Safe Haskell | Safe |
---|---|

Language | Haskell2010 |

This module contains several tiny examples of how to use effects. For technical details, see the documentation in the effect-modules.

Note that most examples given here are very small. For them,
using `Eff`

monad is more complicated compared to a standard functional
approach.
The power of extensible effects lie in the fact that these computations can
be used to construct much more complicated programs by composing the little
pieces shown here.

This module imports and reexports modules from this library and requires some language extensions:

{-# LANGUAGE ScopedTypeVariables #-} {-# LANGUAGE FlexibleContexts #-} {-# LANGUAGE MonoLocalBinds #-} import Control.Eff import Control.Eff.Reader.Lazy import Control.Eff.Writer.Lazy import Control.Eff.State.Lazy import Control.Eff.Exception

If you want to see what each extension is good for, you can disable it and see what GHC will complain about.

## Synopsis

- tooBig :: Member (Exc String) r => Int -> Eff r Int
- runTooBig :: Int -> Either String Int
- popState :: Member (State [Int]) r => Eff r (Maybe Int)
- runPopState :: [Int] -> (Maybe Int, [Int])
- oneMore :: Member (Reader Int) r => Eff r Int
- runOneMore :: Int -> Int
- something :: (Member (Reader Float) r, Member (State [Integer]) r, Member (Exc Float) r) => Eff r Integer
- runSomething1 :: [Integer] -> Float -> Either Float (Integer, [Integer])
- runSomething2 :: [Integer] -> Float -> (Either Float Integer, [Integer])
- module Control.Eff.Reader.Lazy
- module Control.Eff.State.Lazy
- module Control.Eff.Exception

# Examples

tooBig :: Member (Exc String) r => Int -> Eff r Int Source #

an effectful function that can throw an error

tooBig i = do when (i > 100) $ throwError $ show i return i

runTooBig :: Int -> Either String Int Source #

run the `tooBig`

effect based on a provided Int.

runTooBig i = run . runError $ tooBig i

`>>>`

Right 1`runTooBig 1`

`>>>`

Left "200"`runTooBig 200`

popState :: Member (State [Int]) r => Eff r (Maybe Int) Source #

an effectul computation using state. The state is of type `[Int]`

.
This function takes the head off the list, if it is there and return it.
If state is the empty list, then it stays the same and returns `Nothing`

.

popState = do stack <- get case stack of [] -> return Nothing (x : xs) -> do put xs return $ Just x

runPopState :: [Int] -> (Maybe Int, [Int]) Source #

run the popState effectful computation based on initial state. The
result-type is the result of the computation `Maybe Int`

together with the
state at the end of the computation `[Int]`

runPopState xs = run . runState xs $ popState

`>>>`

(Just 1,[2,3])`runPopState [1, 2, 3]`

`>>>`

(Nothing,[])`runPopState []`

oneMore :: Member (Reader Int) r => Eff r Int Source #

an effect that returns a number one more than the given

oneMore = do x <- ask -- query the environment return $ x + 1 -- add one to the asked value and return it

runOneMore :: Int -> Int Source #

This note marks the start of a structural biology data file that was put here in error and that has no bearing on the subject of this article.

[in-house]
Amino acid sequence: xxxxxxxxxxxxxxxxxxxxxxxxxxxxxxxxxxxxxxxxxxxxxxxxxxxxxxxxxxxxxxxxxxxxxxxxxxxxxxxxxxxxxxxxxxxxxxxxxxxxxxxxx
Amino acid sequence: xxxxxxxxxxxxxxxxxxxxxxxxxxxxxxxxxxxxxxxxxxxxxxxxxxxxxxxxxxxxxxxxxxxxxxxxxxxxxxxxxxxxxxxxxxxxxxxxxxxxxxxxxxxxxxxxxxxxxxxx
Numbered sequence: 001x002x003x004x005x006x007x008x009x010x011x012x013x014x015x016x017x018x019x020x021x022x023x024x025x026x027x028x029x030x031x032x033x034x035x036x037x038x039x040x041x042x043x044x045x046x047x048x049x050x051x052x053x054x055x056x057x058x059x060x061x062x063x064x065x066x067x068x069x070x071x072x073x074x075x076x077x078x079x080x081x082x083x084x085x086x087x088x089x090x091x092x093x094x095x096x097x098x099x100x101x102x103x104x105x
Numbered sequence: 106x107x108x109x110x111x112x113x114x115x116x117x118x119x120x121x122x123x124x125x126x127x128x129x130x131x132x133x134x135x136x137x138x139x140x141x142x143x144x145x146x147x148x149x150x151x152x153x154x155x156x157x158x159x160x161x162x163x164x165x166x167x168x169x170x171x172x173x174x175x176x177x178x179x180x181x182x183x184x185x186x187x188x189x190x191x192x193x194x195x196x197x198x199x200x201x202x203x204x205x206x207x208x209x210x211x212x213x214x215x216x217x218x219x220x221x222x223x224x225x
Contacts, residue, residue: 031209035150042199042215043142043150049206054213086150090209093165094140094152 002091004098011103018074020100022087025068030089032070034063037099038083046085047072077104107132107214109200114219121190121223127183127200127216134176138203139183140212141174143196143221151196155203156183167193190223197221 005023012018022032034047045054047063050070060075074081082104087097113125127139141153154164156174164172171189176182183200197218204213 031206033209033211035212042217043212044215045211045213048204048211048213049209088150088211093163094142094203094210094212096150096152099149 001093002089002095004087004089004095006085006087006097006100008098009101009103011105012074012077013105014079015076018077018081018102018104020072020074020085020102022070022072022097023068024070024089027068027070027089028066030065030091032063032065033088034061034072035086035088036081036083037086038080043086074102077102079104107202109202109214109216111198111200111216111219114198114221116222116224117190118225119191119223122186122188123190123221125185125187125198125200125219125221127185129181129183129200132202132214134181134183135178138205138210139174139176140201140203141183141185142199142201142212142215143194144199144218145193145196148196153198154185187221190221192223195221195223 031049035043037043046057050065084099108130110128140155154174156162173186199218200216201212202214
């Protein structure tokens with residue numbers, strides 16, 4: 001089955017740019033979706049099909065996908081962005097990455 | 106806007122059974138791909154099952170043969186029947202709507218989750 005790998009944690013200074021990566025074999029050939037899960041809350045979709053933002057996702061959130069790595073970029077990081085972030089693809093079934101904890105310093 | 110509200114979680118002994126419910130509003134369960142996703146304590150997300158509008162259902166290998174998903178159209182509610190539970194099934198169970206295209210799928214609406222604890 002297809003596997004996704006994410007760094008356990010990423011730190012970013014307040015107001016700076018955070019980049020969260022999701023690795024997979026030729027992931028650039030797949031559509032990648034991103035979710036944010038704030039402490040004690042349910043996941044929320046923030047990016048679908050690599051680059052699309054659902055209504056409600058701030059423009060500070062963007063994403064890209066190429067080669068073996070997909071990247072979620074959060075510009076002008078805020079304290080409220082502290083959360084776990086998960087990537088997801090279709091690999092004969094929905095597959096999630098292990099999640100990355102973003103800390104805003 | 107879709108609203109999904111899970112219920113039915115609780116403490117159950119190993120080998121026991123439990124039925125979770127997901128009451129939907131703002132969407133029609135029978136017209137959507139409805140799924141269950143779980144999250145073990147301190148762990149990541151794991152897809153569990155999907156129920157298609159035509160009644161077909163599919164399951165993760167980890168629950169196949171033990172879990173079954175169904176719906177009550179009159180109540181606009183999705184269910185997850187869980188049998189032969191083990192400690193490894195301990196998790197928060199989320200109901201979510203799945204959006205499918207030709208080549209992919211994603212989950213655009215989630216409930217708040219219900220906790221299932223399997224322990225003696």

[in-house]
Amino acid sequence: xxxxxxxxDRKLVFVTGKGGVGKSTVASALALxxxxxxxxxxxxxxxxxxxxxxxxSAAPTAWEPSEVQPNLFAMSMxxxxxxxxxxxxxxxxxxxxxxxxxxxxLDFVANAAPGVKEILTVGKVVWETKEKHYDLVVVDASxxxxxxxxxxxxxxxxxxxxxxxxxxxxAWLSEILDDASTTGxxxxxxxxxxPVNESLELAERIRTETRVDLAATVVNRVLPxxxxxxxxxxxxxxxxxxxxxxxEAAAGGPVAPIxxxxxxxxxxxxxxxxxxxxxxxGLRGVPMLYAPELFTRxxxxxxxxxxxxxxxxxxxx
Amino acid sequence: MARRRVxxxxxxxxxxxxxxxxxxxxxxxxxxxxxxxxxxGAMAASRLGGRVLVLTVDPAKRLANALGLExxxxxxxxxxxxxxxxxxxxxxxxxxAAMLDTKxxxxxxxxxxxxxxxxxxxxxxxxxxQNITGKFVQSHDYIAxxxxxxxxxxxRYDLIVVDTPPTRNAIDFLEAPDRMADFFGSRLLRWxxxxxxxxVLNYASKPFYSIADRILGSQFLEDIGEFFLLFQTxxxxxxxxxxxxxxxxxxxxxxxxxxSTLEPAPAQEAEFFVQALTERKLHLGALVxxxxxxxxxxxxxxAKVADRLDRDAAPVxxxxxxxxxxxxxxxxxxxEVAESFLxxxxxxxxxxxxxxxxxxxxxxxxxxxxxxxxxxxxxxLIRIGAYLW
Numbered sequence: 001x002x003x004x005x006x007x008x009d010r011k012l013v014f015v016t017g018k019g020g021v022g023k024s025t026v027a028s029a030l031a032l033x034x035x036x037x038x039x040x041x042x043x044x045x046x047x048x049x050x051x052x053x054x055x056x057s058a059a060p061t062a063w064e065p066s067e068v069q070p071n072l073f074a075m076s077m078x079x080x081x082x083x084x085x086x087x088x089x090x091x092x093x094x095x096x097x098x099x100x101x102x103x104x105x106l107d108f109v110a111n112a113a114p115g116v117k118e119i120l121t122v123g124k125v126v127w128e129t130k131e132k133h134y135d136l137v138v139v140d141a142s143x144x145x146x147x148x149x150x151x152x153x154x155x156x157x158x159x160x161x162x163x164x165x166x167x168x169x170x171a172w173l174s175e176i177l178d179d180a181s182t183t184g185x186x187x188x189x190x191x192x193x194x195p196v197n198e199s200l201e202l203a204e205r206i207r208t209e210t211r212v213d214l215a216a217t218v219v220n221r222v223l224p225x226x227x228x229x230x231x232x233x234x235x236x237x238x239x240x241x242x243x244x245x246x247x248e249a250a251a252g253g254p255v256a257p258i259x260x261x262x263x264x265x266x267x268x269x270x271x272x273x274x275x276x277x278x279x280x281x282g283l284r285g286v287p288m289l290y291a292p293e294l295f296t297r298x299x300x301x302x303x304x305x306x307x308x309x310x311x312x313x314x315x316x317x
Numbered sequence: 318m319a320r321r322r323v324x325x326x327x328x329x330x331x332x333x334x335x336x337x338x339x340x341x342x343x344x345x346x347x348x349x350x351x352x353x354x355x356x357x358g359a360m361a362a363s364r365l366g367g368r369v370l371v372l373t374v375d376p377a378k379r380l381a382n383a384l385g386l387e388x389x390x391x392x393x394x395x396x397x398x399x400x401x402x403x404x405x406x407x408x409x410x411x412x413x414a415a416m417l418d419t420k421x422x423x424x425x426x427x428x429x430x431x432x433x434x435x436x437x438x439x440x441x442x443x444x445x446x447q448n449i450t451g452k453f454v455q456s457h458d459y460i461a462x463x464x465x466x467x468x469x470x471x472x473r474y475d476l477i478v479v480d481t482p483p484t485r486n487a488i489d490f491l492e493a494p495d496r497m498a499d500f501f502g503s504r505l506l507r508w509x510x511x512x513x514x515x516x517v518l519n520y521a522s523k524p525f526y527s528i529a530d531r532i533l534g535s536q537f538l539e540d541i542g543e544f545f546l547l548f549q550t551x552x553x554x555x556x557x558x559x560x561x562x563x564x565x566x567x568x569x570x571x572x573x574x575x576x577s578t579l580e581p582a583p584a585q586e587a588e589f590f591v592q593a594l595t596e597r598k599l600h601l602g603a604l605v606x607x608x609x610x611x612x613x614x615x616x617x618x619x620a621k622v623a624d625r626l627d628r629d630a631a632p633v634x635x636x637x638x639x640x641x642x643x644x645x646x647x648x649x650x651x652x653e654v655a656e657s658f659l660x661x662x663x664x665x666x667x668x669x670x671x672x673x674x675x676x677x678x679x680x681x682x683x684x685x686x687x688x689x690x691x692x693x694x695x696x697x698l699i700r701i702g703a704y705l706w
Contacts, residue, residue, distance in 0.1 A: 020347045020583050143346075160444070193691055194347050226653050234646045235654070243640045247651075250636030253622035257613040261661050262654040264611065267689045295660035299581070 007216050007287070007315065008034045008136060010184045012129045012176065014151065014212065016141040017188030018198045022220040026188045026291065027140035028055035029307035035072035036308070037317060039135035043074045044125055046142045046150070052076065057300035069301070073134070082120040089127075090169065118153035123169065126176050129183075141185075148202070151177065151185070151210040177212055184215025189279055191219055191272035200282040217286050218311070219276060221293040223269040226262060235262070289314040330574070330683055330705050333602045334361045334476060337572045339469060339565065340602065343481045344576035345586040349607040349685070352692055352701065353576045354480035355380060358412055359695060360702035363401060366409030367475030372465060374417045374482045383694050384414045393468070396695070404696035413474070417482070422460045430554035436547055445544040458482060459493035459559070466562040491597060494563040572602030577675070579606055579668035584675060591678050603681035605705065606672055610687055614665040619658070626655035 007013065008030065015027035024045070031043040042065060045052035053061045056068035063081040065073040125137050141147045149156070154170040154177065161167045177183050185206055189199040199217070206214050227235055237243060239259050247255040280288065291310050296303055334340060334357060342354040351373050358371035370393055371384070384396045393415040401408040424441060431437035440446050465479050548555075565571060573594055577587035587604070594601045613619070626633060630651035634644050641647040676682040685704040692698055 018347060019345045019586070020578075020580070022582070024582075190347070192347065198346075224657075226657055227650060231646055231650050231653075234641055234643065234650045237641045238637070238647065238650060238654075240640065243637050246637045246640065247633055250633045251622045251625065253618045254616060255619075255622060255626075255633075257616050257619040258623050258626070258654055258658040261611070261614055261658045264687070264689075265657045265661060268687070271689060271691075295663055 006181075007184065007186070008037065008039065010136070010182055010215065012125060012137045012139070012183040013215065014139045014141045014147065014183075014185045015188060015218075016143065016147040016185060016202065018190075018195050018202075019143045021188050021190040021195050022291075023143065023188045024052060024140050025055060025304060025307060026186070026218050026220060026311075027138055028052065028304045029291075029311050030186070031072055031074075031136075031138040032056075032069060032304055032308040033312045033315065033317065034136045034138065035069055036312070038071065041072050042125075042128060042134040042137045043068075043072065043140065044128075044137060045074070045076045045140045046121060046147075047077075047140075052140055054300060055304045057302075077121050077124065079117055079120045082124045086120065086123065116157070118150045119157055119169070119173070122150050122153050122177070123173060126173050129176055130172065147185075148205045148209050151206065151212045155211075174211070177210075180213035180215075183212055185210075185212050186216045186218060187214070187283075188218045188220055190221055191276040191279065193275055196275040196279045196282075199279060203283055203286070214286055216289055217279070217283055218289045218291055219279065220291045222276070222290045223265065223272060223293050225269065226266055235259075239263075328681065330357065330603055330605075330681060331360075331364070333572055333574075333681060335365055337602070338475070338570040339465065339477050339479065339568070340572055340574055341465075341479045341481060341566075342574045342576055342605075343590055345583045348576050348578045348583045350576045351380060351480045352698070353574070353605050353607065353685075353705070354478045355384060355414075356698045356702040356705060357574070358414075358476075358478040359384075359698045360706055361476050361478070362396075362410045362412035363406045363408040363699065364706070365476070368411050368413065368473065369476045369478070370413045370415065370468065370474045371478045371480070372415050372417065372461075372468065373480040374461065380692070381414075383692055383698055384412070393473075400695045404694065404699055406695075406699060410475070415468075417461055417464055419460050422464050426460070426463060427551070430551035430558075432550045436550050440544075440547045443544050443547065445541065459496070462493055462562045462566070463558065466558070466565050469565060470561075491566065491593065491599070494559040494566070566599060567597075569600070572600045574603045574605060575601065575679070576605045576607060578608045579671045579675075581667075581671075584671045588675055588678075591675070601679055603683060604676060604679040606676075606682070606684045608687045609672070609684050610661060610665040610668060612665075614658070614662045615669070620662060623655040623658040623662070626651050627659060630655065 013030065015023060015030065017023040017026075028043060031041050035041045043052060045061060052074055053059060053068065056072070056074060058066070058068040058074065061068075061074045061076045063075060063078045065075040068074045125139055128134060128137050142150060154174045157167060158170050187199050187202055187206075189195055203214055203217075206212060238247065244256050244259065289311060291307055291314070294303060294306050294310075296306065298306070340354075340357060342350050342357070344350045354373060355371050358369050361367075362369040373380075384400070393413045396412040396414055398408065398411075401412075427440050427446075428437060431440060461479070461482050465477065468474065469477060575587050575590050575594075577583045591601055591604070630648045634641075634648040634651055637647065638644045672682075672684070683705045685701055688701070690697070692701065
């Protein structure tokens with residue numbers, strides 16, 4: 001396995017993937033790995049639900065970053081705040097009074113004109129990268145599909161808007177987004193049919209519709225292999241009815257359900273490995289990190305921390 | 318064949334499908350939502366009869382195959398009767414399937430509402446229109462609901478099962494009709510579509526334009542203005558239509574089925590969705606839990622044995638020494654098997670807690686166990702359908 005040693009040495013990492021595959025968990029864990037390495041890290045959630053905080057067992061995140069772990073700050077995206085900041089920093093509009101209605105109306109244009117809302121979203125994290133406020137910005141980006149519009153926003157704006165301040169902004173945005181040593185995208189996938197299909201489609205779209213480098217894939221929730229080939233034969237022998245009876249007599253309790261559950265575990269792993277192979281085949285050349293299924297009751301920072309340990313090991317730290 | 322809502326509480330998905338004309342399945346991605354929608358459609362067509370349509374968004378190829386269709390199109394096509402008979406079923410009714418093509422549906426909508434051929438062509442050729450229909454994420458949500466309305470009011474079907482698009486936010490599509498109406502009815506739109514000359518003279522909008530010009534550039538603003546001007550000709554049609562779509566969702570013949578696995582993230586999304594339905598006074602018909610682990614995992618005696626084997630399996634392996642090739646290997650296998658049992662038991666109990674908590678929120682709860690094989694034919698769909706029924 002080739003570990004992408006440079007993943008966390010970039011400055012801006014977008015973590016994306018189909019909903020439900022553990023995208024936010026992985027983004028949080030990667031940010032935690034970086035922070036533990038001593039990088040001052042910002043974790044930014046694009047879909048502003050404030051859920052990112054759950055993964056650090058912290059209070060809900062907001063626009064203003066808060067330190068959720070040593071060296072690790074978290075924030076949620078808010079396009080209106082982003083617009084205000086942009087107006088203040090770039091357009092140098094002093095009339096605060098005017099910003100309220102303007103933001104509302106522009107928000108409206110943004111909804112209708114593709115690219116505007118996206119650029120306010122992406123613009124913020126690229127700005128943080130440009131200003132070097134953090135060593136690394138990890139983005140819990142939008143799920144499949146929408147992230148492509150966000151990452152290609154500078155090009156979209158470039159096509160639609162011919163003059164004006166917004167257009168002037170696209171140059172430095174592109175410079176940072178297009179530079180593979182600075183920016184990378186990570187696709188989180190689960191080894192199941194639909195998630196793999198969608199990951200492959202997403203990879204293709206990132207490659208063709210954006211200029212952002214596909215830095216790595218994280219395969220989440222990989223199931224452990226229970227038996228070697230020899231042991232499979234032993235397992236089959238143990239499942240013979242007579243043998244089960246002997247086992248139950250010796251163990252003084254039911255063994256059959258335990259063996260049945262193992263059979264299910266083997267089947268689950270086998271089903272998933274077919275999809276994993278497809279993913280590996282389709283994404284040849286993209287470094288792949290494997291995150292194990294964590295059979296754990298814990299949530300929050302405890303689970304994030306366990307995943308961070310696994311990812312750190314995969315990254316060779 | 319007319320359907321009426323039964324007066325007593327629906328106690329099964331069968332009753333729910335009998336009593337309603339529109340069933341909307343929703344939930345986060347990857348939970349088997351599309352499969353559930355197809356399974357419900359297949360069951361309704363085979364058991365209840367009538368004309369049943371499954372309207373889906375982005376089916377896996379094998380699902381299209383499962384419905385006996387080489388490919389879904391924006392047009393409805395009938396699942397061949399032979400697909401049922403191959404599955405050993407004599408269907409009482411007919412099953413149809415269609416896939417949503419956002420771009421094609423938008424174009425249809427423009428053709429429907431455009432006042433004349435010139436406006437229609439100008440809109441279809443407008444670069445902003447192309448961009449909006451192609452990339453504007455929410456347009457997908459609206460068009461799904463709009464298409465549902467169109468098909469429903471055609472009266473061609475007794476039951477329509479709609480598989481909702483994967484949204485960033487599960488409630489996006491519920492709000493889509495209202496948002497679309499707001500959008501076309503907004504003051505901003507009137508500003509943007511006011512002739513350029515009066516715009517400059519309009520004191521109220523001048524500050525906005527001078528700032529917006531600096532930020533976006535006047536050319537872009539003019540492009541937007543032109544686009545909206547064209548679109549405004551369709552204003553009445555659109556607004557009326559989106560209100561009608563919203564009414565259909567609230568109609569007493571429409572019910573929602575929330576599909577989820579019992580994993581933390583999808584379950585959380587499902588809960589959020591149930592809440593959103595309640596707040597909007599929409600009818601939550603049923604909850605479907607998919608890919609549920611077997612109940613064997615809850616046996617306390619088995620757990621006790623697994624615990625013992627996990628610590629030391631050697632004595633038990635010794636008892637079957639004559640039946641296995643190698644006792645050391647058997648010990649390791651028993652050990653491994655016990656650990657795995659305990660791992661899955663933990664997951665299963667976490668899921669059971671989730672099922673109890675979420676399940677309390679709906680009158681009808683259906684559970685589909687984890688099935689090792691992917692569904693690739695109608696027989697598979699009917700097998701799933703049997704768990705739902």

Run the `oneMore`

effectful function by giving it a value to read.

runOneMore i = run . runReader i $ oneMore

`>>>`

2`runOneMore 1`

something :: (Member (Reader Float) r, Member (State [Integer]) r, Member (Exc Float) r) => Eff r Integer Source #

An effectful computation with multiple effects:

- A value gets read
- an error can be thrown depending on the read value
- state gets read and transformed

All these effects are composed using the `Eff`

monad using the corresponding
Effect types.

something = do readValue :: Float <- ask -- read a value from the environment when (readValue < 0) $ throwError readValue -- if the value is negative, throw an error modify (l -> (round readValue :: Integer) : l) -- add the rounded read element to the list currentState :: [Integer] <- get -- get the state after the modification return $ sum currentState -- sum the elements in the list and return that

runSomething1 :: [Integer] -> Float -> Either Float (Integer, [Integer]) Source #

Run the `someting`

effectful computation given in the previous function.
The handlers apply from bottom to top - so this is the reading direction.

runSomething1 initialState newValue = run . -- run the Eff-monad with no effects left runError . -- run the error part of the effect. This introduces the Either in the result. runState initialState . -- handle the state-effect providing an initial state giving back a pair. runReader newValue $ -- provide the computation with the dynamic value to read/ask for something -- the computation - function

`>>>`

Left (-0.5)`runSomething1 [] (-0.5)`

`>>>`

Right (3,[1,2])`runSomething1 [2] 1.3`

runSomething2 :: [Integer] -> Float -> (Either Float Integer, [Integer]) Source #

Run the `something`

effectful computation given above.
This has an alternative ordering of the effect-handlers.

The used effect-handlers are the same are used in slightly different order:
The `runState`

and `runError`

methods are swapped, which results in a
different output type and run-semantics.

runSomething1 initialState newValue = run . runState initialState . runError . runReader newValue $ something -- the computation - function

`>>>`

(Left (-2.4),[4])`runSomething2 [4] (-2.4)`

`>>>`

(Right 10,[6,4])`runSomething2 [4] 5.9`

# Imported effect modules

module Control.Eff.Reader.Lazy

module Control.Eff.State.Lazy

module Control.Eff.Exception